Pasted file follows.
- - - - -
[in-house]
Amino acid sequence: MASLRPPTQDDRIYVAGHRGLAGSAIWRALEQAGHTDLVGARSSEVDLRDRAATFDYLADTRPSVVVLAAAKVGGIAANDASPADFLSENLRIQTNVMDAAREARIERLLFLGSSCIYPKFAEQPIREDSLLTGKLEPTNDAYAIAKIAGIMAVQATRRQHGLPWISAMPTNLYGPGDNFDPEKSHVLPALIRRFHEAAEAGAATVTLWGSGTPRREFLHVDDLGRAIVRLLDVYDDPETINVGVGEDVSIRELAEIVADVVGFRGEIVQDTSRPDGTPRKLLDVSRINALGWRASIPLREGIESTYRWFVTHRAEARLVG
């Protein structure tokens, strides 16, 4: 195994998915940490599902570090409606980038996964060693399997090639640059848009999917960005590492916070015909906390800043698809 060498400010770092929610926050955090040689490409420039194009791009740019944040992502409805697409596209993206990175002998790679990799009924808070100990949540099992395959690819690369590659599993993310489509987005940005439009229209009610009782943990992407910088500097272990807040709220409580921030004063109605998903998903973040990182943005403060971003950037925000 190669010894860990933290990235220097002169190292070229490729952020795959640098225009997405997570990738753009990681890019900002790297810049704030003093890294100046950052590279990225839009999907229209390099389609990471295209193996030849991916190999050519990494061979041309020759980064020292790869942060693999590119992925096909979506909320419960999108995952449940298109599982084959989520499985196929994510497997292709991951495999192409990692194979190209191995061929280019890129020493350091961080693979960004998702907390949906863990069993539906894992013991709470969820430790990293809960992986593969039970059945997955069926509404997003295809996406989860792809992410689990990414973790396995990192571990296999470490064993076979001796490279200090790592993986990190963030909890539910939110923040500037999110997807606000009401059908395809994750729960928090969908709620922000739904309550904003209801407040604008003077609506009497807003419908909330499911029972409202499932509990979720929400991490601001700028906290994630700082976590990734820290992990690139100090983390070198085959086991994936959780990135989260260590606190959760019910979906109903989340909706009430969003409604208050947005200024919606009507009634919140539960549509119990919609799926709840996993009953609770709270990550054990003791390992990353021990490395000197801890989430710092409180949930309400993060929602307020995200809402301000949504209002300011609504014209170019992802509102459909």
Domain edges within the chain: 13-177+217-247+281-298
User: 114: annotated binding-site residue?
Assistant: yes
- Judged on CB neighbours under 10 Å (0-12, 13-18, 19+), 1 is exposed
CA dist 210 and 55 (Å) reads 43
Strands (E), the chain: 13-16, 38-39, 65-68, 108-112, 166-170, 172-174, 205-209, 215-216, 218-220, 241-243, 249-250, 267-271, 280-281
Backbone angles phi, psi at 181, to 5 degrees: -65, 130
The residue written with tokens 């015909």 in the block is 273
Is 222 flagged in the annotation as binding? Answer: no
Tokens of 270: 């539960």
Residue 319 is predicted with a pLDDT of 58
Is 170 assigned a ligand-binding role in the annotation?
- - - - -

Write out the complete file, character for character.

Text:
[in-house]
Amino acid sequence: MASLRPPTQDDRIYVAGHRGLAGSAIWRALEQAGHTDLVGARSSEVDLRDRAATFDYLADTRPSVVVLAAAKVGGIAANDASPADFLSENLRIQTNVMDAAREARIERLLFLGSSCIYPKFAEQPIREDSLLTGKLEPTNDAYAIAKIAGIMAVQATRRQHGLPWISAMPTNLYGPGDNFDPEKSHVLPALIRRFHEAAEAGAATVTLWGSGTPRREFLHVDDLGRAIVRLLDVYDDPETINVGVGEDVSIRELAEIVADVVGFRGEIVQDTSRPDGTPRKLLDVSRINALGWRASIPLREGIESTYRWFVTHRAEARLVG
């Protein structure tokens, strides 16, 4: 195994998915940490599902570090409606980038996964060693399997090639640059848009999917960005590492916070015909906390800043698809 060498400010770092929610926050955090040689490409420039194009791009740019944040992502409805697409596209993206990175002998790679990799009924808070100990949540099992395959690819690369590659599993993310489509987005940005439009229209009610009782943990992407910088500097272990807040709220409580921030004063109605998903998903973040990182943005403060971003950037925000 190669010894860990933290990235220097002169190292070229490729952020795959640098225009997405997570990738753009990681890019900002790297810049704030003093890294100046950052590279990225839009999907229209390099389609990471295209193996030849991916190999050519990494061979041309020759980064020292790869942060693999590119992925096909979506909320419960999108995952449940298109599982084959989520499985196929994510497997292709991951495999192409990692194979190209191995061929280019890129020493350091961080693979960004998702907390949906863990069993539906894992013991709470969820430790990293809960992986593969039970059945997955069926509404997003295809996406989860792809992410689990990414973790396995990192571990296999470490064993076979001796490279200090790592993986990190963030909890539910939110923040500037999110997807606000009401059908395809994750729960928090969908709620922000739904309550904003209801407040604008003077609506009497807003419908909330499911029972409202499932509990979720929400991490601001700028906290994630700082976590990734820290992990690139100090983390070198085959086991994936959780990135989260260590606190959760019910979906109903989340909706009430969003409604208050947005200024919606009507009634919140539960549509119990919609799926709840996993009953609770709270990550054990003791390992990353021990490395000197801890989430710092409180949930309400993060929602307020995200809402301000949504209002300011609504014209170019992802509102459909």
Domain edges within the chain: 13-177+217-247+281-298
User: 114: annotated binding-site residue?
Assistant: yes
- Judged on CB neighbours under 10 Å (0-12, 13-18, 19+), 1 is exposed
CA dist 210 and 55 (Å) reads 43
Strands (E), the chain: 13-16, 38-39, 65-68, 108-112, 166-170, 172-174, 205-209, 215-216, 218-220, 241-243, 249-250, 267-271, 280-281
Backbone angles phi, psi at 181, to 5 degrees: -65, 130
The residue written with tokens 């015909």 in the block is 273
Is 222 flagged in the annotation as binding? Answer: no
Tokens of 270: 């539960």
Residue 319 is predicted with a pLDDT of 58
Is 170 assigned a ligand-binding role in the annotation?